However, it is therefore conceivable (and readily achievable by corresponding configuration of the evaluation software in the computation unit) to switch over between different speeds and accuracies upon command. For example, a sampling time of 0.2 ms for all mirrors may be set for the active attenuation of the mirrors, with a correspondingly large measurement error, and it is possible to switch back again into 1 ms with full accuracy for the actual adjustment process. With purely sequential measurement, a measurement frequency of 0.2 ms would no longer be achievable with the SiTek 2L4. Under given conditions (i.e. when sampling times of 0.2 ms are intended to be achieved with the 2L4 from SiTek in order to attenuate actively), this method is therefore not only an advantageous solution, but possibly even the only solution.
The following components are desirable for implementing the measurement method: A measurement illumination instrument with a multiplicity of light sources, which is provided with a suitable number of a driver amplifiers so that groups of 4, 6, 8, etc. light sources can be operated simultaneously. Signal generators which can generate frequency- and phase-correlated sine signals, their number being equal to the number of light sources driven simultaneously. Generators according to the DDS (direct digital synthesis) principle are highly suitable for this.
Four analogue-digital converters, which digitise the preamplified signals of the position sensor 68. Since this technique is based on synchronous detection, the clock source of these converters is to be derived from the same reference as the clock of the signal generators. A computation unit, which can evaluate the sensor signals of the analogue-digital converters. Owing to the nature of the task, it is expedient to use a programmable logic unit in its place, for example an FPGA (field-programmable gate array). The computation unit (FPGA) accordingly has the following main tasks: Collecting the measurement data of the four ND converters. Numerical generation of sine and cosine signals with frequencies equal to those of the light sources. Multiplication of the sine and cosine signals by the A/D converter data. This gives eight products per frequency used. Summing the products over the measurement interval. These sums give non-normalised 0° and 90° components, from which the amplitude of the respective input signal can be determined by quadratic addition.
The 2D angle position of the respective mirror is determined from the amplitudes by simple addition, subtraction and division. A comparatively long time is available for these operations, since they only need to be carried out twice per mirror.
By utilising the computation units which are available in modern FPGAs, this task can be performed with moderate outlay in a single FPGA.
The block diagram of the electronic instrument, including the main functions of the FPGA, can be seen in FIG. 14.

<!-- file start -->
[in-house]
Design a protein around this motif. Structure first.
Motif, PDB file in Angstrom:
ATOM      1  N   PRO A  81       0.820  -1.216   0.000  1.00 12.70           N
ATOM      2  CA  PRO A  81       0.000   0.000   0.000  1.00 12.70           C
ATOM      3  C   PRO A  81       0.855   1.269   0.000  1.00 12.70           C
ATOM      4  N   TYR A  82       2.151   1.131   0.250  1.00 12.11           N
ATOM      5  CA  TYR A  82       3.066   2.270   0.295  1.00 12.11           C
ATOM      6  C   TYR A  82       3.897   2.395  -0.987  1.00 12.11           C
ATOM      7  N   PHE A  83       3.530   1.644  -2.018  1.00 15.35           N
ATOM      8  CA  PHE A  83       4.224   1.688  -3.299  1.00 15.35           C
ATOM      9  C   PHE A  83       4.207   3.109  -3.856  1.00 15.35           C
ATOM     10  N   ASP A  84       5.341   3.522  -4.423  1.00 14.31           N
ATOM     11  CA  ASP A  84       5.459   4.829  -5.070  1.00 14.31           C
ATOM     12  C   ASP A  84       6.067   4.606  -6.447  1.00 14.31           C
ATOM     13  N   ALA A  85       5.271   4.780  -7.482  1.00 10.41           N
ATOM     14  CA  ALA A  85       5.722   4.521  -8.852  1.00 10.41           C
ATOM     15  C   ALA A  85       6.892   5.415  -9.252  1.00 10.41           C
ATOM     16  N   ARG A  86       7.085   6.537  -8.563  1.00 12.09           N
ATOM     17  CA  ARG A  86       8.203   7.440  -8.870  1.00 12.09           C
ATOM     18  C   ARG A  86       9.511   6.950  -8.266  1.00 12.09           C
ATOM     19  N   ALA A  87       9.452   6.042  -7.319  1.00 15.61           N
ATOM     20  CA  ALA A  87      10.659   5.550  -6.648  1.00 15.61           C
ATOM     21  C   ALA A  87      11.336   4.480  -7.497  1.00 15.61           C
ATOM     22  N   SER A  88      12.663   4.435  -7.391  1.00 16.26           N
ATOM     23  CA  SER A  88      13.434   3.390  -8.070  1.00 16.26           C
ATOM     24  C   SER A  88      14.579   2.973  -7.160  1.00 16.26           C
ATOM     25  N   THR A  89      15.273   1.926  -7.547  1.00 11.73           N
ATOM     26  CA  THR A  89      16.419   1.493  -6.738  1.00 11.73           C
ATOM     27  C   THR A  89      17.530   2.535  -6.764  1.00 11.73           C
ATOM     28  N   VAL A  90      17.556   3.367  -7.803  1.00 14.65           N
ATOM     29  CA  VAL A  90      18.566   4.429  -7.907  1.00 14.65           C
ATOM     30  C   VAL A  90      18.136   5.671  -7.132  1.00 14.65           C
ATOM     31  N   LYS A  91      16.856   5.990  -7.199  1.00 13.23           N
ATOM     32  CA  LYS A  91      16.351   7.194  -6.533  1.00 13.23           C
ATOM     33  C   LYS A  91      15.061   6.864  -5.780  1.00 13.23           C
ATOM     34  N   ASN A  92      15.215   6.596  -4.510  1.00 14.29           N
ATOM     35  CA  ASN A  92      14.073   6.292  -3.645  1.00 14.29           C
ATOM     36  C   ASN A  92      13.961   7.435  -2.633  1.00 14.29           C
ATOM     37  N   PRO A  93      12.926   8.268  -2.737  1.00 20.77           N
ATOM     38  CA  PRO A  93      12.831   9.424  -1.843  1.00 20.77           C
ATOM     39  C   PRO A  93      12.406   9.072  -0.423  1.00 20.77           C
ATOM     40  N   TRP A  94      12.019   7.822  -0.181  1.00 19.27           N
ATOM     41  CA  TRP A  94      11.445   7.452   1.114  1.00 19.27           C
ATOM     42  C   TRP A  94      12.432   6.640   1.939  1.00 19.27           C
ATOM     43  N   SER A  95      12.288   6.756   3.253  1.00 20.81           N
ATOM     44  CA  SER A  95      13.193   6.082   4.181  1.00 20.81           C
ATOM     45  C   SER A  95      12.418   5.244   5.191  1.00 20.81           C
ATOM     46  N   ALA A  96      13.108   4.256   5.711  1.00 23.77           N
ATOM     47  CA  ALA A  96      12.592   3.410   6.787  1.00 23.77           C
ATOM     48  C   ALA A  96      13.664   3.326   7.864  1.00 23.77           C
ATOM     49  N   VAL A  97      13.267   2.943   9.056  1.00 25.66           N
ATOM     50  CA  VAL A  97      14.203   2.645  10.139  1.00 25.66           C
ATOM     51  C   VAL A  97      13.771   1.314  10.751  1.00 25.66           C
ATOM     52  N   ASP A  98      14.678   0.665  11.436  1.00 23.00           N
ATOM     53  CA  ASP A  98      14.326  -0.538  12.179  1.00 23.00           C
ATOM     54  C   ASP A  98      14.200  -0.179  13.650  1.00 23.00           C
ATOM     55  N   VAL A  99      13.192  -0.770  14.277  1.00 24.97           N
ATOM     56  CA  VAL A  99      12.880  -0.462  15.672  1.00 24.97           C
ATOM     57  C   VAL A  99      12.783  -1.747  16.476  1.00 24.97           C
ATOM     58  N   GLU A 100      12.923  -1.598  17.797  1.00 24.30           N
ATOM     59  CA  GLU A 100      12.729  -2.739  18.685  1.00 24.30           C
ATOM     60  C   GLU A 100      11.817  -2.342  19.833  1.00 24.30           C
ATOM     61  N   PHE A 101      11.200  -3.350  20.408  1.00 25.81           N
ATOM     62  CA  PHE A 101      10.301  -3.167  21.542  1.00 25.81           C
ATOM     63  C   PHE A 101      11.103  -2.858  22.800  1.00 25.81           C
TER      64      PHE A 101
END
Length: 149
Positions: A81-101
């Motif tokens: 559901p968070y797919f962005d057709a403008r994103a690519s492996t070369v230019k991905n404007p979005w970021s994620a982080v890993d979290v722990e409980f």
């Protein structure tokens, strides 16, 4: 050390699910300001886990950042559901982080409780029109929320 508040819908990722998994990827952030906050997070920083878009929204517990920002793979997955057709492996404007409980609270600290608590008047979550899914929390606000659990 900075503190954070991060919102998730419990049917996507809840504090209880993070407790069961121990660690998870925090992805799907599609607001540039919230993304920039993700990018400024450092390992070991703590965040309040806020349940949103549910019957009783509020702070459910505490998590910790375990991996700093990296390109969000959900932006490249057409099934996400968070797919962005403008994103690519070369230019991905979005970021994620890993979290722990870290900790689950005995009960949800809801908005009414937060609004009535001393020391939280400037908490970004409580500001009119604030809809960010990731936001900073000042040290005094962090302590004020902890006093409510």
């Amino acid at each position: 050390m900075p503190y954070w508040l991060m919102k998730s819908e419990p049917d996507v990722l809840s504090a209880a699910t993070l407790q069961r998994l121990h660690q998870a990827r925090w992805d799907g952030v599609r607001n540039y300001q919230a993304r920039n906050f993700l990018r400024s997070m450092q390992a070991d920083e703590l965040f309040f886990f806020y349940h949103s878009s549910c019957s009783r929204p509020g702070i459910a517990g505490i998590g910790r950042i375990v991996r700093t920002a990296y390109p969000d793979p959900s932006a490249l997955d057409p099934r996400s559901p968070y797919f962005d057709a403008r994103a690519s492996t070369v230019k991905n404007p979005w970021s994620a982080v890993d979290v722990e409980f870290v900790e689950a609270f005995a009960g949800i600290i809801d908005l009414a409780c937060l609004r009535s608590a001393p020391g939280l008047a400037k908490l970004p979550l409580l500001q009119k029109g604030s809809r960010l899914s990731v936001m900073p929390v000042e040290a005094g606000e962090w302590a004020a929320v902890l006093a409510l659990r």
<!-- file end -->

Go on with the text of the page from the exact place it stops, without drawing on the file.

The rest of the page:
Only the computation-intensive operations are indicated in the computation unit 108. "MAC" units are multiplier-adder units, which are provided in an 8*n-fold configuration, n being the number of light sources which are modulated simultaneously with different frequencies. Except for the computation unit 108, which is implemented as "firmware" of an FPGA and is not manifested directly in hardware, the arrangement is very similar to that of a conventional "sequential" measurement method and can therefore be constructed economically. In this diagram, the function of the DDS units has already been integrated substantially into the FPGA (D/A converter, bottom right), although this may also be implemented with conventional DDS components.
10. Concluding Remarks
The measures and devices mentioned above in connection with the illumination of a pupil plane may also readily be used advantageously for active masks, in which arrangements of micromirrors are likewise provided as switchable elements.
The multi-mirror arrays may likewise be replaced by other reflective or transmissive elements, which make it possible to deviate incident light in different directions into different subregions of the element by applying a control signal. Such alternative structures could for example include electro-optical or acousto-optical elements, in which the refractive index can be varied by exposing a suitable material to electrical fields or ultrasound waves. This variation of the refractive index may then be used in order to achieve the desired deviation of the light.
Although the disclosure has been described with the aid of certain exemplary embodiments, it is readily apparent to a person skilled in the art that alternatives or modifications are also possible in relation to the some of the described features and/or different combinations of the proposed features, without departing from the protective scope of the appended claims.
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Patent applications in class Illumination systems or details
Patent applications in all subclasses Illumination systems or details